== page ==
THE NORSEMAN RESTORATION
The Noorduyn Norseman aircraft
In 1934, a man named Robert Noorduyn, born in the Netherlands of Dutch-British parents, came to Montréal from the United States for the specific purpose of designing an all-new bush plane. In an approach that was innovative at the time, his first step was to have formal consultations with pilots and mechanics, including the use of a cockpit mockup. This ensured that their preferences were incorporated from the outset.
After completing the initial design in an office on Phillips Square, Noorduyn moved into a building at Cartierville Airport to begin production. Between 1934 and 1945, Noorduyn built over 900 Norseman aircraft. Powered by the Pratt & Whitney R‑1340 Wasp radial engine, many of them were initially operated by the United States Army Air Forces (USAAF), an early example of export success. Over the years, Norseman aircraft have been used by civilian and military operators in over 60 countries. A small number are still operating in Canada to this day, more than 80 years after they were built!
The MAM’s Norseman
After searching for a Norseman for many years, the opportunity finally arose for the MAM to acquire one when an aircraft parts company in Kenora, Ontario, liquidated its inventory which included Norseman airframes and parts. In 2017, with just one week’s notice, a MAM volunteer performed a minor miracle by organizing the transportation of a Norseman airframe, a substantial volume of parts, and this aircraft’s log book detailing its complete history.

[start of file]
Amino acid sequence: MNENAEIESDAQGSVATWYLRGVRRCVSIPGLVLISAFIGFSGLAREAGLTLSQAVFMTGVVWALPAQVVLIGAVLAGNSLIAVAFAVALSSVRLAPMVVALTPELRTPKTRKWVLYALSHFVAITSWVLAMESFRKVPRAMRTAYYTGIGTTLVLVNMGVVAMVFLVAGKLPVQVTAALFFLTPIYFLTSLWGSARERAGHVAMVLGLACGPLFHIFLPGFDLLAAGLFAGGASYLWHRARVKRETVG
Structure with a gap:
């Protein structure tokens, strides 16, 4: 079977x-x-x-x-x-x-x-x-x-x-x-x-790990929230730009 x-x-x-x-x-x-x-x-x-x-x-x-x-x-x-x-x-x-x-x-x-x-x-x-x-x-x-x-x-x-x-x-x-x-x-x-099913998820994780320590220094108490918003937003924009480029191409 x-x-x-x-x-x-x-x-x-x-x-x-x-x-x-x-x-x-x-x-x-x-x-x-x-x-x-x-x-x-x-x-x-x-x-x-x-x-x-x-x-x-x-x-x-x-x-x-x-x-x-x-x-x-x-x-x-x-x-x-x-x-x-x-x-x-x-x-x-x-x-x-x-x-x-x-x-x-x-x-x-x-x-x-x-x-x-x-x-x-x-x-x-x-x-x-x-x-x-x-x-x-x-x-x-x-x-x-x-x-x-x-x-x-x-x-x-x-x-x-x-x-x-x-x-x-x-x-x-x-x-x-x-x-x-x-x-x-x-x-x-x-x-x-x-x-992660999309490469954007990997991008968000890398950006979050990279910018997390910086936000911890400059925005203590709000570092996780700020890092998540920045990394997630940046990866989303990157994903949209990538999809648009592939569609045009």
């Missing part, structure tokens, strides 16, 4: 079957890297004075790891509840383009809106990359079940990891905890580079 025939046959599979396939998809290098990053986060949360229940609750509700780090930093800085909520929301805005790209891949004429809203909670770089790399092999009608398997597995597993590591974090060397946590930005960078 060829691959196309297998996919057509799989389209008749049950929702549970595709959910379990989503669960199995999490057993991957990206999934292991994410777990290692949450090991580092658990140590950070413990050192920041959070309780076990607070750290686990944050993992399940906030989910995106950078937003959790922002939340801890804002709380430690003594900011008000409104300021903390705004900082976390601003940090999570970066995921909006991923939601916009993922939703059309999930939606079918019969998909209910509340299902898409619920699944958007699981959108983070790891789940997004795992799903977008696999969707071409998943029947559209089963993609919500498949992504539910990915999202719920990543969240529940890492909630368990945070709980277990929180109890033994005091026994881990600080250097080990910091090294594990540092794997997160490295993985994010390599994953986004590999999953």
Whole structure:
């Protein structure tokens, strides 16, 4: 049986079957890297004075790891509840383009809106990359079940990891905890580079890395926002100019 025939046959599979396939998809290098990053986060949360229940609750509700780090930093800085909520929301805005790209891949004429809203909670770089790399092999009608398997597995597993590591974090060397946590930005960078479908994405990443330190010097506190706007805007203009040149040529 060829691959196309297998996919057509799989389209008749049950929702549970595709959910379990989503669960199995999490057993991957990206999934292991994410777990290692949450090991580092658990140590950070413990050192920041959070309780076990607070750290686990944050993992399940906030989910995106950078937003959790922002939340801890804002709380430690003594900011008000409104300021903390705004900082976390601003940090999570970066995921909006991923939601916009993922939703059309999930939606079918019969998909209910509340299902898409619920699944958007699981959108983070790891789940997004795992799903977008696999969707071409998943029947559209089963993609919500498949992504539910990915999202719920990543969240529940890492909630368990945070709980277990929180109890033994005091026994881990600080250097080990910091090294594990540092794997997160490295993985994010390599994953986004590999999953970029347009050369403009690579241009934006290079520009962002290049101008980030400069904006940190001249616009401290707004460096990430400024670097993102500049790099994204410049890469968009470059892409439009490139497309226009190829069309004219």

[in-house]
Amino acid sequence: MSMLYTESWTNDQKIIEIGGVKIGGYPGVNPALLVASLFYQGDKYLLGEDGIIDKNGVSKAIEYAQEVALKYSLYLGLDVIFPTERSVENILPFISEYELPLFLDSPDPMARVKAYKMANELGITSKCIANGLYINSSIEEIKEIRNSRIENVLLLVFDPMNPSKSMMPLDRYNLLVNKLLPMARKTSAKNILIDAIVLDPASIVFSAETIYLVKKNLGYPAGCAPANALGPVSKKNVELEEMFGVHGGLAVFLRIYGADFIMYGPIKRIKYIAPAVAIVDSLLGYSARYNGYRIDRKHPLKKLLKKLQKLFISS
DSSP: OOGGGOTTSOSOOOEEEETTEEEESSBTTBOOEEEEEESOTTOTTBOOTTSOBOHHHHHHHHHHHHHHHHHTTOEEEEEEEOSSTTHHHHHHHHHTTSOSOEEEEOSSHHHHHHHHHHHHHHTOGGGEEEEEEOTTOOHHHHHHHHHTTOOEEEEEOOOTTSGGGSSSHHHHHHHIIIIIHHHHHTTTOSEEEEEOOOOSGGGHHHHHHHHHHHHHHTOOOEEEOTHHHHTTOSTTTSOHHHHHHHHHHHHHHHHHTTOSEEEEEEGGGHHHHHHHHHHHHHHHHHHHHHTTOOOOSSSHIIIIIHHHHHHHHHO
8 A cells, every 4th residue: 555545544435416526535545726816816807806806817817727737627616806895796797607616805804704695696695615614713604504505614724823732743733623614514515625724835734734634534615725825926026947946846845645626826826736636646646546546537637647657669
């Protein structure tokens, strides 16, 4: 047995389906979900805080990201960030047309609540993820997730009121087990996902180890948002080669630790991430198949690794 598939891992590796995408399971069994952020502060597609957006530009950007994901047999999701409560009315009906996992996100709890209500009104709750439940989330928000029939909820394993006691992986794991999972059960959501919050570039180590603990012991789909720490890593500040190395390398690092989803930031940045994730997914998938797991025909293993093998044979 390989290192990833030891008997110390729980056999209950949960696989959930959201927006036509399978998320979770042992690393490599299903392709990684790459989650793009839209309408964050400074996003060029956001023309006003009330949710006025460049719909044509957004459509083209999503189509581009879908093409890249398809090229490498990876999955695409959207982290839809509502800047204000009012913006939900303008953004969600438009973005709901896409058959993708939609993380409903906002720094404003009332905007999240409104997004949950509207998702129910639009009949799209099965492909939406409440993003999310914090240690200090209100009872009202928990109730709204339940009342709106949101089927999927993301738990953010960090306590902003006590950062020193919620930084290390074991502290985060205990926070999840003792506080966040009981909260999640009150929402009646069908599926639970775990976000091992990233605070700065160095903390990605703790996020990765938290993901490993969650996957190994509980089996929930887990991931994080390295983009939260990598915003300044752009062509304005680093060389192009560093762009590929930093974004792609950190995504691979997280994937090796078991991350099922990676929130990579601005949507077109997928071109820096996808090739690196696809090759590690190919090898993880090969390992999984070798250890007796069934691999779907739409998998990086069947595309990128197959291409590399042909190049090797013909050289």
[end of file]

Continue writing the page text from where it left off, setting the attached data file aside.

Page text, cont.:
For the cost of the transportation and much hard work, we finally obtained our Norseman. Since then, volunteers have worked to refurbish the airframe for static display at the MAM. Our aircraft, construction number 427, was originally delivered to the USAAF in 1944. After World War II, it was owned by a number of US and Canadian operators before experiencing a take-off accident in 1985.
The MAM’s intention is to present the aircraft in the colours and markings of the first Norseman produced. Registered as CF‑AYO, this aircraft served with Dominion Skyways, an early commercial airline company whose president was Hartland de Montarville Molson, of that famous Montréal family.
We invite all members of Aéro Montréal, their families, and friends to learn more about the Noorduyn Norseman, the first aircraft designed in Quebec to be mass‑produced, and to follow the progress of our restoration. A member of the team will be available to discuss the restoration process with you and even show you the basics of piloting a large bush plane like the Norseman.
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